The WCS-2 record cleaning machine ($750) was only one of the many worthy and provocative things happening in the Music Hall room at the Venetian. We say provocative because WCS stands for wet clean suck—don't blame us, we're just reporting—and partly because Roy Hall treated us to a monologue about how "I've always told my customers to go **** themselves and I've been successful beyond my wildest dreams." Also shown were prototypes of the forthcoming Ikura turntable which combines a plastic dual plinth with a carbon fiber tonearm and will sell in two versions, one with MDF platter for "$1000-ish," and a step-up model with acrylic platter and different cartridge. But the most provocative thing was the sheer quality of the sound that emerged from a system combining the Music Hall-branded Marimba speakers ($350/pair) and stands ($250/pair), a70.2 integrated amp ($1499 with phono stage), and USB-1 turntable (a mere $250 including Ortofon cartridge). A highly natural vocal treatment combined with a mighty synth bass to produce what was quite simply one of the best audio demos at the show from a system cost that's less than what some audiophiles would spend on cables.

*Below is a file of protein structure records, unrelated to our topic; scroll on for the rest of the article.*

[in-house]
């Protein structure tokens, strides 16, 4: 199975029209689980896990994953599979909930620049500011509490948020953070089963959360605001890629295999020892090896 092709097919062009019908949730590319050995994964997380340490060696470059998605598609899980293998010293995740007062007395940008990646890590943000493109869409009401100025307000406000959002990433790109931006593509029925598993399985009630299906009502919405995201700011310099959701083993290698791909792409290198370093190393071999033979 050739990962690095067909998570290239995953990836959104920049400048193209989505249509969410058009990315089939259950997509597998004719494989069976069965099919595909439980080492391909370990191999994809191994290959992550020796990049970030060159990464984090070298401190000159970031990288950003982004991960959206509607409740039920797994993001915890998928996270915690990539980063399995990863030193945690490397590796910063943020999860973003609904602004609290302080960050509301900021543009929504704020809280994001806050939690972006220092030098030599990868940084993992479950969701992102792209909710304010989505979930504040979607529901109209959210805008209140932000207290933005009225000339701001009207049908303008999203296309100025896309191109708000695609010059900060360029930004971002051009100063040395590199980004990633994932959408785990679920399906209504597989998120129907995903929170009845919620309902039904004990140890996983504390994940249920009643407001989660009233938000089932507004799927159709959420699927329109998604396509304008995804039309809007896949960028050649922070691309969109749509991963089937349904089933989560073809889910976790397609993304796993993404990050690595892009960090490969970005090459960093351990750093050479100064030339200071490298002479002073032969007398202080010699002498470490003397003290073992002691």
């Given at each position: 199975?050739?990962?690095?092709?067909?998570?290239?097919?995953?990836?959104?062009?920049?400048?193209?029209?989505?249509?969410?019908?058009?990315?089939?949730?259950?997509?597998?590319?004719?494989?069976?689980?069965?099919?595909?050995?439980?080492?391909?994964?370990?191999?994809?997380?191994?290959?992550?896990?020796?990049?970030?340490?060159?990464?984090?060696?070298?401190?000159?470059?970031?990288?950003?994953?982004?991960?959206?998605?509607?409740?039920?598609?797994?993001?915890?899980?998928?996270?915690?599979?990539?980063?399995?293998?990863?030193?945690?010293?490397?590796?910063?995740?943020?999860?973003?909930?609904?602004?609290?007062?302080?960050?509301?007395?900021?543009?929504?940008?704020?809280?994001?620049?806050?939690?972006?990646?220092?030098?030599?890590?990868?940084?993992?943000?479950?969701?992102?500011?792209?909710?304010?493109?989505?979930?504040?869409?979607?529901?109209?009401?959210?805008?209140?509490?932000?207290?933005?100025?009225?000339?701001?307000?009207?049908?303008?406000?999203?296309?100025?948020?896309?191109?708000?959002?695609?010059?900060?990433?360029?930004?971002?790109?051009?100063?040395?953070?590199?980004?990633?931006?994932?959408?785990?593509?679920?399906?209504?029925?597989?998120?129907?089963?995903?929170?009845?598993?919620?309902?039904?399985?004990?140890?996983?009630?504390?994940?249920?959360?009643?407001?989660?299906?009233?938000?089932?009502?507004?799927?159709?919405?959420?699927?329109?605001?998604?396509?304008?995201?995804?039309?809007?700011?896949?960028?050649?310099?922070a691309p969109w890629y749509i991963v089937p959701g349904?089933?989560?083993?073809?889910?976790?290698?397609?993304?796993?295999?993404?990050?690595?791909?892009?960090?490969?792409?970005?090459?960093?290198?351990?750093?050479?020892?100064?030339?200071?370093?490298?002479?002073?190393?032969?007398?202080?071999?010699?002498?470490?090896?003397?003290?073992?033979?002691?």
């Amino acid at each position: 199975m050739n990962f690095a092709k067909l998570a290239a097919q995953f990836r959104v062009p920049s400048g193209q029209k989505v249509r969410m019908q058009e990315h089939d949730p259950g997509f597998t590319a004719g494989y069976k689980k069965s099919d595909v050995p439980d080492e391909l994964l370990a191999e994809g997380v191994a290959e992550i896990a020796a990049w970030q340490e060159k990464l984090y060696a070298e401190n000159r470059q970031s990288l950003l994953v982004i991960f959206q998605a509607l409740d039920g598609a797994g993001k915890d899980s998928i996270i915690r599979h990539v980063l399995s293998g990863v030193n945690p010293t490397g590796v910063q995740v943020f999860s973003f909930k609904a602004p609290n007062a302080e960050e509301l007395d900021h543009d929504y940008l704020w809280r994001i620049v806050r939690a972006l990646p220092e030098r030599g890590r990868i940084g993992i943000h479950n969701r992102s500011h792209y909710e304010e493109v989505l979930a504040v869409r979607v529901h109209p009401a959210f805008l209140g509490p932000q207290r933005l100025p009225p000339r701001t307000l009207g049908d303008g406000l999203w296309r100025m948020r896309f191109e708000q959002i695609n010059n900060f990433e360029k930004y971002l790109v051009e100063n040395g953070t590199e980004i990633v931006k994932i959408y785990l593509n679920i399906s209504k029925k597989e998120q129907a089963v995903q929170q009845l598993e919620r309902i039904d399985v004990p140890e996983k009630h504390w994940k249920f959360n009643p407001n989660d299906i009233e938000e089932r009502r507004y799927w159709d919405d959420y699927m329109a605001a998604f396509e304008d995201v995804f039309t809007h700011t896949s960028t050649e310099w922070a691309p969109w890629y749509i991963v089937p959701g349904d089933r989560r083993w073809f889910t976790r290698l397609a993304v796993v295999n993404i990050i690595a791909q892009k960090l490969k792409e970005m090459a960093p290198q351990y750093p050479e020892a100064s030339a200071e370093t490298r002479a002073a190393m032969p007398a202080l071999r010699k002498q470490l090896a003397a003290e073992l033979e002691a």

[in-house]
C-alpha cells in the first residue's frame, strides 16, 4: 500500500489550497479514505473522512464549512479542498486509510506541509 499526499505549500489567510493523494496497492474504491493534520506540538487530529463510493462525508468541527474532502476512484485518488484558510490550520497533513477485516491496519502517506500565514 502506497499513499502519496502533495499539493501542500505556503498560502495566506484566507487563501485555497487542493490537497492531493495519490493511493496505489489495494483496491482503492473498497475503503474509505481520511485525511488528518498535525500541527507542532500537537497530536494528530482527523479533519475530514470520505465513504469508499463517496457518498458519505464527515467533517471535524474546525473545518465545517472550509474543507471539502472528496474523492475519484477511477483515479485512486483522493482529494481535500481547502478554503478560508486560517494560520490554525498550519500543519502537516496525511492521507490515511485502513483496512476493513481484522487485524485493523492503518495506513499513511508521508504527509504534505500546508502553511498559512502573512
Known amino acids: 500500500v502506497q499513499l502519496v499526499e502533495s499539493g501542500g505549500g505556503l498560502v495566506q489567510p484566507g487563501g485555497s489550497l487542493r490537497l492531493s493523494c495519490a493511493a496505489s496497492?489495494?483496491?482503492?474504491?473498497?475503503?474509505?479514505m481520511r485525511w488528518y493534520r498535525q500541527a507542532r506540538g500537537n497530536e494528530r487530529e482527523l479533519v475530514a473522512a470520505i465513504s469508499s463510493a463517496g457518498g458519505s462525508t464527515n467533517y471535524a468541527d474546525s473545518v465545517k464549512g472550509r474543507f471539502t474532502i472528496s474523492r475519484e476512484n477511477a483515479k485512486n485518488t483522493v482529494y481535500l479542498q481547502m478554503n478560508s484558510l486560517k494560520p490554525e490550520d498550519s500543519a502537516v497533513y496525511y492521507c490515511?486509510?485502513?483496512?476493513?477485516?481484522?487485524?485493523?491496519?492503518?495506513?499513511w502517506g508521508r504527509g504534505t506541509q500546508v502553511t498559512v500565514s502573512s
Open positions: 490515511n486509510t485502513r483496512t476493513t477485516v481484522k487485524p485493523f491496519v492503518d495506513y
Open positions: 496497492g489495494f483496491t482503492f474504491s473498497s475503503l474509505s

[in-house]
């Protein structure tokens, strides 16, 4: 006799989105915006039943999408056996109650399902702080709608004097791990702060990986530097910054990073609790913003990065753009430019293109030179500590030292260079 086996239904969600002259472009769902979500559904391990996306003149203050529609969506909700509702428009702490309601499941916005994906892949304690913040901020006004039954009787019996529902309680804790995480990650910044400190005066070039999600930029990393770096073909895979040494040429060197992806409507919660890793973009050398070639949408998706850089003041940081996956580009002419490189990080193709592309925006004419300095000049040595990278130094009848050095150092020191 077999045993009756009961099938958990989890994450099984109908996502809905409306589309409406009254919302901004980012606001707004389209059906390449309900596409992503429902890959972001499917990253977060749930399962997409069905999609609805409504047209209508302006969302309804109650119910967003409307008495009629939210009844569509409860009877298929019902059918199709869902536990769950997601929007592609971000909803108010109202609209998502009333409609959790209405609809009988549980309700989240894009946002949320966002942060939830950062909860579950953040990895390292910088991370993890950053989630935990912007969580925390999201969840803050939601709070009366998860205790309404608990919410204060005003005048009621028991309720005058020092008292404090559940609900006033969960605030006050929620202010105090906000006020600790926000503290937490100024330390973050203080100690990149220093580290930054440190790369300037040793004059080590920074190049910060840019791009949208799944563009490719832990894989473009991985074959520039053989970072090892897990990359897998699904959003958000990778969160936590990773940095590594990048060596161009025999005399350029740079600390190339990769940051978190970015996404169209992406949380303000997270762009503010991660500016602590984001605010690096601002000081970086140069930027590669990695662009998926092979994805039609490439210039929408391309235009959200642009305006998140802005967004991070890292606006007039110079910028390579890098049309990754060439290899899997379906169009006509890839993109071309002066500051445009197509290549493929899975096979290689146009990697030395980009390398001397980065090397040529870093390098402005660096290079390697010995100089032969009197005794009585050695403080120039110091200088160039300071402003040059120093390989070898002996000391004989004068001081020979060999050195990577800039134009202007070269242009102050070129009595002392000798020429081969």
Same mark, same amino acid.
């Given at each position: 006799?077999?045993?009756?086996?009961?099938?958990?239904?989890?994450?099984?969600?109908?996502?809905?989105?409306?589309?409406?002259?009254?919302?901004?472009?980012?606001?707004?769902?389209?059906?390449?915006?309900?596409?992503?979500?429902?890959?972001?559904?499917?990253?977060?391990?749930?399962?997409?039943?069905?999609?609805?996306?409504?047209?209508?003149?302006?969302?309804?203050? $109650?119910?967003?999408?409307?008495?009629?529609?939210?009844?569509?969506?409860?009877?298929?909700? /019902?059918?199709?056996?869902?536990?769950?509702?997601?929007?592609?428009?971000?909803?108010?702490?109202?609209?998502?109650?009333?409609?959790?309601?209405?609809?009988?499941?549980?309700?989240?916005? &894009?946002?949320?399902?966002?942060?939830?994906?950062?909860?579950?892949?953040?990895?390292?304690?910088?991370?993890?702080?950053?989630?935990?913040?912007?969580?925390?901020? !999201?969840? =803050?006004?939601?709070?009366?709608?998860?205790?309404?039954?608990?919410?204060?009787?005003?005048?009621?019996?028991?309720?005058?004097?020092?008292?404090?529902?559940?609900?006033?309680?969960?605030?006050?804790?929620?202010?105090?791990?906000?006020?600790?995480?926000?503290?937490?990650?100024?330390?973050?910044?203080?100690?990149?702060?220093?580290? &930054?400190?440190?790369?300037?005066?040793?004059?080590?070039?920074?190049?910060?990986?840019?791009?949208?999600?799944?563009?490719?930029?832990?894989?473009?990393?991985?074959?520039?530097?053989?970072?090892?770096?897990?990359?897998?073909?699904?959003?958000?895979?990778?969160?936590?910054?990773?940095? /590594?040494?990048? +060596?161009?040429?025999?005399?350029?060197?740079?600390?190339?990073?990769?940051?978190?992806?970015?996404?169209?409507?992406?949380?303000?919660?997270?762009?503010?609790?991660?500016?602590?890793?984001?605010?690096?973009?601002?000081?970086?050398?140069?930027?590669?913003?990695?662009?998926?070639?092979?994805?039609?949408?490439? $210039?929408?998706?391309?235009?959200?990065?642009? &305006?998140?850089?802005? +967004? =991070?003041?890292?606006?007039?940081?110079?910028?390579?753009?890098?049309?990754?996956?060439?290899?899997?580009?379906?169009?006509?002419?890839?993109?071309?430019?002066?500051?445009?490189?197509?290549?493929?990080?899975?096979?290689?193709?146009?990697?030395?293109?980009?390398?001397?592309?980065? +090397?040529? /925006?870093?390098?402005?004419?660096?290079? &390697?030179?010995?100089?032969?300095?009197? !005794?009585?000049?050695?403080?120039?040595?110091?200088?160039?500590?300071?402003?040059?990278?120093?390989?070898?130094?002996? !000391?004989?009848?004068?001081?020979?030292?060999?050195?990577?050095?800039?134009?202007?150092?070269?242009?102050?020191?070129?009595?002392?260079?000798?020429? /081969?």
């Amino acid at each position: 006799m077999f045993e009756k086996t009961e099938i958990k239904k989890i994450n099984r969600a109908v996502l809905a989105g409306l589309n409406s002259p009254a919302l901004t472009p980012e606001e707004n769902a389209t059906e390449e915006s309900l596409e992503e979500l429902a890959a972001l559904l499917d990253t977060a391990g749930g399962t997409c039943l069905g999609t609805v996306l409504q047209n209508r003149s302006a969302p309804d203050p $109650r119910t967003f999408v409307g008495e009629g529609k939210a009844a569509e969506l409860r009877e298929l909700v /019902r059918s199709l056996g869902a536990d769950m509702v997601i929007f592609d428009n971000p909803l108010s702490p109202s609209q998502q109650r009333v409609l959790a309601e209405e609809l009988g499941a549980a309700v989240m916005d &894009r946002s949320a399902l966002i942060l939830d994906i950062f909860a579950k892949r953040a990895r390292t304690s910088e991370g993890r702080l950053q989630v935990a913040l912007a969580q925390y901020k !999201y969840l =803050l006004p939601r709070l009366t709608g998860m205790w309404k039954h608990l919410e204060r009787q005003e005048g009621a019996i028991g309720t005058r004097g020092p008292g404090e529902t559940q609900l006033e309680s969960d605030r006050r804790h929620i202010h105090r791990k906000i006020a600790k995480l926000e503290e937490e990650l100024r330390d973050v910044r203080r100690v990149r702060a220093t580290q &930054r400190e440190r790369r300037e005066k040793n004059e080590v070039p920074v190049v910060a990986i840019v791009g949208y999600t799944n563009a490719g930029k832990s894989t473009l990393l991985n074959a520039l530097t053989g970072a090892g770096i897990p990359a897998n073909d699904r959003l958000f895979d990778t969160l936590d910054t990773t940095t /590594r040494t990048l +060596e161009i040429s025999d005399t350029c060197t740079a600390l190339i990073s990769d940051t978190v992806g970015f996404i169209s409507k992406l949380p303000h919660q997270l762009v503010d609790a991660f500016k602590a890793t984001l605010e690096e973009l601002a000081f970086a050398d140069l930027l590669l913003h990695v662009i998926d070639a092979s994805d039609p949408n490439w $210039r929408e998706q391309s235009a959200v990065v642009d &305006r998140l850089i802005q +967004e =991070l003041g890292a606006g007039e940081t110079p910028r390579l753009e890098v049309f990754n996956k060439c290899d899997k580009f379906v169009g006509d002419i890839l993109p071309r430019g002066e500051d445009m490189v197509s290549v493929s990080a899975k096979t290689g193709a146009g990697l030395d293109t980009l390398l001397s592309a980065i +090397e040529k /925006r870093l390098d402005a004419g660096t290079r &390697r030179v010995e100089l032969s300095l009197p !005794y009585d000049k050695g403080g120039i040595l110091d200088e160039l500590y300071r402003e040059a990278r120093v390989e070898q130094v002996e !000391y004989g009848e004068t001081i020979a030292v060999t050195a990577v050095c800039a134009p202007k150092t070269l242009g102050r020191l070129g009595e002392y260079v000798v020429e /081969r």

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Mark Fleischmann Posted: Jan 09, 2013 0 comments
Meridian's first on-wall speakers include the DSP 520 ($5000/each) and DSP 648 ($7000/each). Unlike most in-walls, but like other Meridian speakers, they are self-powered and loaded with DSP magic. They're also built with separate enclosures for the drivers, the electronics, and the back box. Our exclusive closeup shows buttons your installer can use to dedicate the speaker to left, center, or right channel use. Mount Meridian's Media Controller 200 to the back and you can control the system from your iPad.
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Mark Fleischmann Posted: Jan 09, 2013 0 comments